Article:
Sen. Richard BurrRichard BurrTrump's pick for intel chief to get hearing next week A guide to the committees: Senate Juan Williams: Senate GOP begins to push Trump away MORE (R-N.C.) said Thursday that Republicans might not be able to pass an alternative to ObamaCare until 2017.
"I don't think so," he said. "I think that there are going to be a lot of ideas not only in Congress but around the think tanks here in Washington and around the country."
He also pointed to the case of King v. Burwell, which the Supreme Court will hear next month. The high court could strike down subsidies to people buying insurance on ObamaCare's federally run exchanges, raising pressure for a response from Congress.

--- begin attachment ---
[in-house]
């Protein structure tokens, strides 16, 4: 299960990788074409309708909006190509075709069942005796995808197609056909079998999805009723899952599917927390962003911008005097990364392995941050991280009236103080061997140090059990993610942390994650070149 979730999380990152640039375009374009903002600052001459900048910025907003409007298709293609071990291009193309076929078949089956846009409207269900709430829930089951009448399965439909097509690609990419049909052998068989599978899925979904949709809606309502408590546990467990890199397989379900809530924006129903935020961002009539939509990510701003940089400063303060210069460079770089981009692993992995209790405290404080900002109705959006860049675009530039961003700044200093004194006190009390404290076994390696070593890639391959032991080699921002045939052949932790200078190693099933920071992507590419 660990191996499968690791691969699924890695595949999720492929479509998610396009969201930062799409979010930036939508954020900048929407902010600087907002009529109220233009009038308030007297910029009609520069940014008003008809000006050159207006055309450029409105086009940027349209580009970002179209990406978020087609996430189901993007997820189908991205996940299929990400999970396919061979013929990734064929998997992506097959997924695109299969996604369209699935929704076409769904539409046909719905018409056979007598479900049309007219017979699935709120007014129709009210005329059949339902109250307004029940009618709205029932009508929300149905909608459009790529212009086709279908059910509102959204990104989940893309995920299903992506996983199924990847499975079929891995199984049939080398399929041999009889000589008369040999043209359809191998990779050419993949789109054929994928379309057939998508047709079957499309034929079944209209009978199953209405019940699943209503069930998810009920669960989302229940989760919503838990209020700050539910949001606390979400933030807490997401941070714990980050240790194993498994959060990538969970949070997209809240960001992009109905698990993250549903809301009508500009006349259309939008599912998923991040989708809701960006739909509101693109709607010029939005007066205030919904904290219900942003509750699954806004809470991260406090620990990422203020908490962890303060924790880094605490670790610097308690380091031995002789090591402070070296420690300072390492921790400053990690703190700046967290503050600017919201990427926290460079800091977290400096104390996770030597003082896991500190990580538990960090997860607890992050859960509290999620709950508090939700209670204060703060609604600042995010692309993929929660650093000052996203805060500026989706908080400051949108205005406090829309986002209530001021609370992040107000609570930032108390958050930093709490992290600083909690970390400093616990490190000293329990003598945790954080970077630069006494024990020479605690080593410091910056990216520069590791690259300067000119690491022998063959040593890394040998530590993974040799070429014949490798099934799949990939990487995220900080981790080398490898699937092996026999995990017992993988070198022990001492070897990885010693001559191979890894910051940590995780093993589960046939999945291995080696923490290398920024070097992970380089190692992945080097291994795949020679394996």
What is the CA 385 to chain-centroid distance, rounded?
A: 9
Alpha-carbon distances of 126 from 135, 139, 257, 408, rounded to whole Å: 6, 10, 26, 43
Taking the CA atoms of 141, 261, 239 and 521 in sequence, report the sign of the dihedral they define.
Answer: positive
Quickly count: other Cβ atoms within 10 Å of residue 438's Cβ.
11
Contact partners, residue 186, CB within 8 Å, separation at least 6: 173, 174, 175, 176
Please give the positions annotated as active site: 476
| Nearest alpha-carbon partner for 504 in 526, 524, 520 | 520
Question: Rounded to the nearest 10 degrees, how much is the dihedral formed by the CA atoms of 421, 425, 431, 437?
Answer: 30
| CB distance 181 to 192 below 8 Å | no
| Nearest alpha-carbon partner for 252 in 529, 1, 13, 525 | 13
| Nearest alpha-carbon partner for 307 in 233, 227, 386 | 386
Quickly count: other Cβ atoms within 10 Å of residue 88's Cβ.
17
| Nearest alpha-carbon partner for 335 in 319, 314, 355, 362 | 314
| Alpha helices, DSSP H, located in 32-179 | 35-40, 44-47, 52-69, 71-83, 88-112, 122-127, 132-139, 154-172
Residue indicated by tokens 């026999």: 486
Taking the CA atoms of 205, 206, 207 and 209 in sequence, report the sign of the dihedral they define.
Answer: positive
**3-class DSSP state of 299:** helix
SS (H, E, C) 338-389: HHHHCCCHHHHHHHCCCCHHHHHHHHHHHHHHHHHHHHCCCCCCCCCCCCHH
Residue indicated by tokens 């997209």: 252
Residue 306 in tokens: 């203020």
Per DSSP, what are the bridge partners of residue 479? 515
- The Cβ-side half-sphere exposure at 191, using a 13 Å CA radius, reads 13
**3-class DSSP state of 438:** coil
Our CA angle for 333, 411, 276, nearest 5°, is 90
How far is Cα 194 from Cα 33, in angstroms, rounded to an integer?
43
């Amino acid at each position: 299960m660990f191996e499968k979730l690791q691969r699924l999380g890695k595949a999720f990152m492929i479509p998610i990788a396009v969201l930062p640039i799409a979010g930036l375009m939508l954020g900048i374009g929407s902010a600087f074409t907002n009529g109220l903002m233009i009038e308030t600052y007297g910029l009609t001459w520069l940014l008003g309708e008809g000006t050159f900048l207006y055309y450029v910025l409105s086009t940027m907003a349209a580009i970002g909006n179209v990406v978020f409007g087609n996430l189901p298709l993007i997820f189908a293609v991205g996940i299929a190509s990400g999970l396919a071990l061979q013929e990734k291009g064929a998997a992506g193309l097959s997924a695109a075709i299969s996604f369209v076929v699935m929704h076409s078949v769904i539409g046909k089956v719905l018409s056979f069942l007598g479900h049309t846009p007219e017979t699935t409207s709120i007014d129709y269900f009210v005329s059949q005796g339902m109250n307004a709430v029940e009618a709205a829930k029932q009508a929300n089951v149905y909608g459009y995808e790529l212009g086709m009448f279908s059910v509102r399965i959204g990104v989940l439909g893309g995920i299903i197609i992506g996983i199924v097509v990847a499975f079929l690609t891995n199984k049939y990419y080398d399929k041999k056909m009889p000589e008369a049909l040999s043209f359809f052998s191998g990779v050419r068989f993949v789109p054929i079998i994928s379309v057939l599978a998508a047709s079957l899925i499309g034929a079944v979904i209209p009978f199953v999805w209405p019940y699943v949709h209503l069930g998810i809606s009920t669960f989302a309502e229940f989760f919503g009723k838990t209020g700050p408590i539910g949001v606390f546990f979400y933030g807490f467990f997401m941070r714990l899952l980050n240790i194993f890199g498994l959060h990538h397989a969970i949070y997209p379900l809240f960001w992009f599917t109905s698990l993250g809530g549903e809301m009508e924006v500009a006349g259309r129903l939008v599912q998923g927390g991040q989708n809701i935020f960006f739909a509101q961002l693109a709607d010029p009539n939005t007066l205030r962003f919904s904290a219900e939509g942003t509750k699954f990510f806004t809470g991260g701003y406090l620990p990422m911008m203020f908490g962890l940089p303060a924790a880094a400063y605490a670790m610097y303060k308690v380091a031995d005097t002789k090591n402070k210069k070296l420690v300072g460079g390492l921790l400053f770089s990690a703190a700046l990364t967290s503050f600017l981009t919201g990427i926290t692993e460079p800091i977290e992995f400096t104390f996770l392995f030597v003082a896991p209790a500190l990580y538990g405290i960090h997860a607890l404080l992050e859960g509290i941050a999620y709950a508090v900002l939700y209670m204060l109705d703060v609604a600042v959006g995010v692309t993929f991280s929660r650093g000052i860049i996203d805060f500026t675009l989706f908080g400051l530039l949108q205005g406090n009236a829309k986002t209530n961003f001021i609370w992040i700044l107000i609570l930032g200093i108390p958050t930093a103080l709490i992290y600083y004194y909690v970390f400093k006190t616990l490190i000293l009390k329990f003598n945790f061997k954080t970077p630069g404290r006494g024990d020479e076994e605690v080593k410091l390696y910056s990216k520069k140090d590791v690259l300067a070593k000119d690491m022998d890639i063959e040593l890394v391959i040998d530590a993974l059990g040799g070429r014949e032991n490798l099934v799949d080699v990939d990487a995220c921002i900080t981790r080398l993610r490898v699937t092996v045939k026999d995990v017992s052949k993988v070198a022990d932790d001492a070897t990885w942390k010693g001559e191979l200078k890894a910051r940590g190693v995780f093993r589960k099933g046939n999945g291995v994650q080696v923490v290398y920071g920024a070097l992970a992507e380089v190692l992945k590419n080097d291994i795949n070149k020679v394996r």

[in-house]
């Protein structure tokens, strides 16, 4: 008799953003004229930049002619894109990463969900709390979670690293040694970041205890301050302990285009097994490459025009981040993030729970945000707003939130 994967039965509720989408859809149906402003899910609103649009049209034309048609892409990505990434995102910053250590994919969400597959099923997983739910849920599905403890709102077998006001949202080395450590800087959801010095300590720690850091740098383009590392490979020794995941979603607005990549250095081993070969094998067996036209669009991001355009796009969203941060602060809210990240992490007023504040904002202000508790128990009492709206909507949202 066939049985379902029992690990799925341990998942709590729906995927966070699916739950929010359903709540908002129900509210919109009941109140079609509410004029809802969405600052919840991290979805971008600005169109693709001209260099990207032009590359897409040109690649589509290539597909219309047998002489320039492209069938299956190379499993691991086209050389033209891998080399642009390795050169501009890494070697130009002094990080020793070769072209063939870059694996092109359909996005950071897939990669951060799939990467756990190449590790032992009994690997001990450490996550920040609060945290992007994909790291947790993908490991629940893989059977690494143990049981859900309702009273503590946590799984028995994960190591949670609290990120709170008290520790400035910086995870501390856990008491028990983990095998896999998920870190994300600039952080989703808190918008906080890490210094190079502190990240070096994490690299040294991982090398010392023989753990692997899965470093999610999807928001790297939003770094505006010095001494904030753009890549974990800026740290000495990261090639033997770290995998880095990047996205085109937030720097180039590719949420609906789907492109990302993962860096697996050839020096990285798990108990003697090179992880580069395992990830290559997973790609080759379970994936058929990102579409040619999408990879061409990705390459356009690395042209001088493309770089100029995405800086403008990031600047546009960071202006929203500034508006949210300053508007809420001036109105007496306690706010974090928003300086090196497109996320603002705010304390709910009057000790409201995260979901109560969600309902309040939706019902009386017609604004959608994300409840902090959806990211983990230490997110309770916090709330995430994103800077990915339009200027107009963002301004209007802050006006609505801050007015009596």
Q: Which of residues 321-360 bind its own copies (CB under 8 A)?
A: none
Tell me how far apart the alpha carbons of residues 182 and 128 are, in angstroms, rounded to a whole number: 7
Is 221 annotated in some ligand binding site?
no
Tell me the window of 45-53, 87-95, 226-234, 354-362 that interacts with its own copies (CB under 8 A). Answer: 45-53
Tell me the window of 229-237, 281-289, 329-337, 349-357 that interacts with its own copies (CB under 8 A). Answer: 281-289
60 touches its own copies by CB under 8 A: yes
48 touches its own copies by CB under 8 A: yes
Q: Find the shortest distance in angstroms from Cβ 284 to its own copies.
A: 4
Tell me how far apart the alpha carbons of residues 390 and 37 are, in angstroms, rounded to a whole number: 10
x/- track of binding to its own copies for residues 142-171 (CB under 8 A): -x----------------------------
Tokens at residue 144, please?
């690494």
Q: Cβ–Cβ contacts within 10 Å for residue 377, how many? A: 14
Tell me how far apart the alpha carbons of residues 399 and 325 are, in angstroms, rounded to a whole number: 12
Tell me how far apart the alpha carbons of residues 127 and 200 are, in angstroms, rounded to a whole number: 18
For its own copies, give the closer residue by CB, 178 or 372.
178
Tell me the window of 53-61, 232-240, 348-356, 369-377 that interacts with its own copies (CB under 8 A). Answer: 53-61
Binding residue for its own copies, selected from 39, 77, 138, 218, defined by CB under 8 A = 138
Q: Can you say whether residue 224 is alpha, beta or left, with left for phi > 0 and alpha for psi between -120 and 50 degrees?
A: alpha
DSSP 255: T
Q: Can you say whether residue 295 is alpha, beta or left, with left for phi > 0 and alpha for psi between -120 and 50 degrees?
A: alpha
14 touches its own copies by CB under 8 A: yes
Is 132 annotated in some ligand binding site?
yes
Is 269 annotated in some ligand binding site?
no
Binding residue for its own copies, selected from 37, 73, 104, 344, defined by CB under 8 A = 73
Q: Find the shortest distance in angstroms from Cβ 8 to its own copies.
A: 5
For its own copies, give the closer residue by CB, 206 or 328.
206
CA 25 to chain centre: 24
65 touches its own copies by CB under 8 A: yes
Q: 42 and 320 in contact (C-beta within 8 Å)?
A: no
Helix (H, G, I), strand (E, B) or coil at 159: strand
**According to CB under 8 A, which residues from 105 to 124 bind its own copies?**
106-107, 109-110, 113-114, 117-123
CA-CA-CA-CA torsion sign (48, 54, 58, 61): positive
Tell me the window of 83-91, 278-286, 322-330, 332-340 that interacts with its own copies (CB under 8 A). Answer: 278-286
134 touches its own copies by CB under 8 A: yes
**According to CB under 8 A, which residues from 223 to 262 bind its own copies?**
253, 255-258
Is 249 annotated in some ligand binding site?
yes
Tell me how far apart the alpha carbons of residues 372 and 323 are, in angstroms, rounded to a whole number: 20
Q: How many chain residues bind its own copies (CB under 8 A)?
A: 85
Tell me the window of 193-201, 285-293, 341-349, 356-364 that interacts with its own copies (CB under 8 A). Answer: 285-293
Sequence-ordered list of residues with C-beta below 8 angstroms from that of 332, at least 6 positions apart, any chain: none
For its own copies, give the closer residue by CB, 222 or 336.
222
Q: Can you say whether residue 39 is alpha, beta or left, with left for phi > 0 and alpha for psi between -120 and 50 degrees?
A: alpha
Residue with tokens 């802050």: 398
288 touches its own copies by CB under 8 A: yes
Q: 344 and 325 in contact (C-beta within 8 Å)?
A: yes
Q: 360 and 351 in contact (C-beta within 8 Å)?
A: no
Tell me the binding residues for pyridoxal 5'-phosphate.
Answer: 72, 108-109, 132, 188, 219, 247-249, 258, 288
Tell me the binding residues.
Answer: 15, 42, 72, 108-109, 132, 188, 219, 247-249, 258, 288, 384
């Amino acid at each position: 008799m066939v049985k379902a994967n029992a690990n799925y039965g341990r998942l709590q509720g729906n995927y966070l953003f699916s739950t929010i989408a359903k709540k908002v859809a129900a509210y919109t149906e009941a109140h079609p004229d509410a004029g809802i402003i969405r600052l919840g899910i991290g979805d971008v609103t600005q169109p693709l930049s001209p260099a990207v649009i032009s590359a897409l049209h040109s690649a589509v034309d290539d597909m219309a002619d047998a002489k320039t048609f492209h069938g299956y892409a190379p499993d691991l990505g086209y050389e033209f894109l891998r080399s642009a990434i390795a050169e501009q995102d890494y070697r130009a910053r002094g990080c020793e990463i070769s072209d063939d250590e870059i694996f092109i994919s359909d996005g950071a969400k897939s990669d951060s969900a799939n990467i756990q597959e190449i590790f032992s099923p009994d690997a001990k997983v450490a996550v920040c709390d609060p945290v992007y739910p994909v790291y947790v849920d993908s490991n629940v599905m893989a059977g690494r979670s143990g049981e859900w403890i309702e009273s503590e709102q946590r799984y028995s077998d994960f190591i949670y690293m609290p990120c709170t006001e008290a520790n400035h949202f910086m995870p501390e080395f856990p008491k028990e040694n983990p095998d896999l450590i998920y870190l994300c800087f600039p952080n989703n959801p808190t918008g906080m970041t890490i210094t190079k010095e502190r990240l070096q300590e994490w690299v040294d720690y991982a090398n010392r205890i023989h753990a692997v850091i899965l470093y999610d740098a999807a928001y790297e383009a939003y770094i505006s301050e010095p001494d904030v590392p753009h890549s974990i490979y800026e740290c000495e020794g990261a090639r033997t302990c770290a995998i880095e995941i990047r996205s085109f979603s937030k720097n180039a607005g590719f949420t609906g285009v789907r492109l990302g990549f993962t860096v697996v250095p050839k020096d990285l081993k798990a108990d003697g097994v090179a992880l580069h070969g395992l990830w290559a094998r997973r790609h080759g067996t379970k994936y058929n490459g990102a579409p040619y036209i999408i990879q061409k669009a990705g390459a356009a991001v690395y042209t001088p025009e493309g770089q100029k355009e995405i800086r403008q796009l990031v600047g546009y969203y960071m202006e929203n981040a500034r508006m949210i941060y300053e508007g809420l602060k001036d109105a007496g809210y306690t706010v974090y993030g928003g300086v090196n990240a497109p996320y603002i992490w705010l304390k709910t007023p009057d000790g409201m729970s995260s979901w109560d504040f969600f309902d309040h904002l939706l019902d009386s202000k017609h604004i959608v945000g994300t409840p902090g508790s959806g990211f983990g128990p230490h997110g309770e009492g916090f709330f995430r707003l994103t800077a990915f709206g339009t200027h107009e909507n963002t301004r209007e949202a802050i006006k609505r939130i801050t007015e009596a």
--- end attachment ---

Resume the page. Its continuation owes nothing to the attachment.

"But I do say this, we're going to know a lot more after the Supreme Court hears the King v. Burwell case, and that's going to be a short-term interim response," Burr said. "The long-term is, how do we revamp this in 2017 and after so it works for America's patients?"
Burr's plan would repeal ObamaCare and replace it with tax credits to help people buy insurance, while scrapping the law's mandates and protecting people with pre-existing conditions who have been continuously insured.
House Majority Leader Kevin McCarthy (R-Calif.) announced last week that a different group of Republican lawmakers will also be developing an alternative.
That group includes Reps. Paul RyanPaul RyanGOP senator won't vote to defund Planned Parenthood Immigration hard-liners hold fire on ‘dreamers’ program THE MEMO: Trump's big immigration gamble MORE (Wis.), John Kline (Minn.), and Upton. It will also create a "contingency plan" if the Supreme Court strikes down subsidies in King v. Burwell.